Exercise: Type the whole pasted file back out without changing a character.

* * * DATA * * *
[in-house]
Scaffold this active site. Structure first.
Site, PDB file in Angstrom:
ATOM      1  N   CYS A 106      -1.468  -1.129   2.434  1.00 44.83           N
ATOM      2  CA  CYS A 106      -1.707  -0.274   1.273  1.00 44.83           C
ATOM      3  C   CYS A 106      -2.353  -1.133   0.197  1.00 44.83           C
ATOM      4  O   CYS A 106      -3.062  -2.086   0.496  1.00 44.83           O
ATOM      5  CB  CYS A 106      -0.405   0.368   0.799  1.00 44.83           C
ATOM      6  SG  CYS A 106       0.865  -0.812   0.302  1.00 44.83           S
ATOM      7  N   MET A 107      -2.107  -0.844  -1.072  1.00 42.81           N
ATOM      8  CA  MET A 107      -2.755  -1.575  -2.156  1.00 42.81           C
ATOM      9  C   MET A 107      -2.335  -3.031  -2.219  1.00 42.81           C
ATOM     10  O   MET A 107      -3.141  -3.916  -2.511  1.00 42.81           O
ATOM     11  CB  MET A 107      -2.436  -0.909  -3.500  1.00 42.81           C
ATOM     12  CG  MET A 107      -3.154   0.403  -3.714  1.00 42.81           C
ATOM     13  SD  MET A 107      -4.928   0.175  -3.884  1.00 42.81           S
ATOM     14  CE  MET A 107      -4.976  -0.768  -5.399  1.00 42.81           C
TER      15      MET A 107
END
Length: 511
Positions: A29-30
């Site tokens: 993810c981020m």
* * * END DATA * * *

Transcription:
[in-house]
Scaffold this active site. Structure first.
Site, PDB file in Angstrom:
ATOM      1  N   CYS A 106      -1.468  -1.129   2.434  1.00 44.83           N
ATOM      2  CA  CYS A 106      -1.707  -0.274   1.273  1.00 44.83           C
ATOM      3  C   CYS A 106      -2.353  -1.133   0.197  1.00 44.83           C
ATOM      4  O   CYS A 106      -3.062  -2.086   0.496  1.00 44.83           O
ATOM      5  CB  CYS A 106      -0.405   0.368   0.799  1.00 44.83           C
ATOM      6  SG  CYS A 106       0.865  -0.812   0.302  1.00 44.83           S
ATOM      7  N   MET A 107      -2.107  -0.844  -1.072  1.00 42.81           N
ATOM      8  CA  MET A 107      -2.755  -1.575  -2.156  1.00 42.81           C
ATOM      9  C   MET A 107      -2.335  -3.031  -2.219  1.00 42.81           C
ATOM     10  O   MET A 107      -3.141  -3.916  -2.511  1.00 42.81           O
ATOM     11  CB  MET A 107      -2.436  -0.909  -3.500  1.00 42.81           C
ATOM     12  CG  MET A 107      -3.154   0.403  -3.714  1.00 42.81           C
ATOM     13  SD  MET A 107      -4.928   0.175  -3.884  1.00 42.81           S
ATOM     14  CE  MET A 107      -4.976  -0.768  -5.399  1.00 42.81           C
TER      15      MET A 107
END
Length: 511
Positions: A29-30
């Site tokens: 993810c981020m």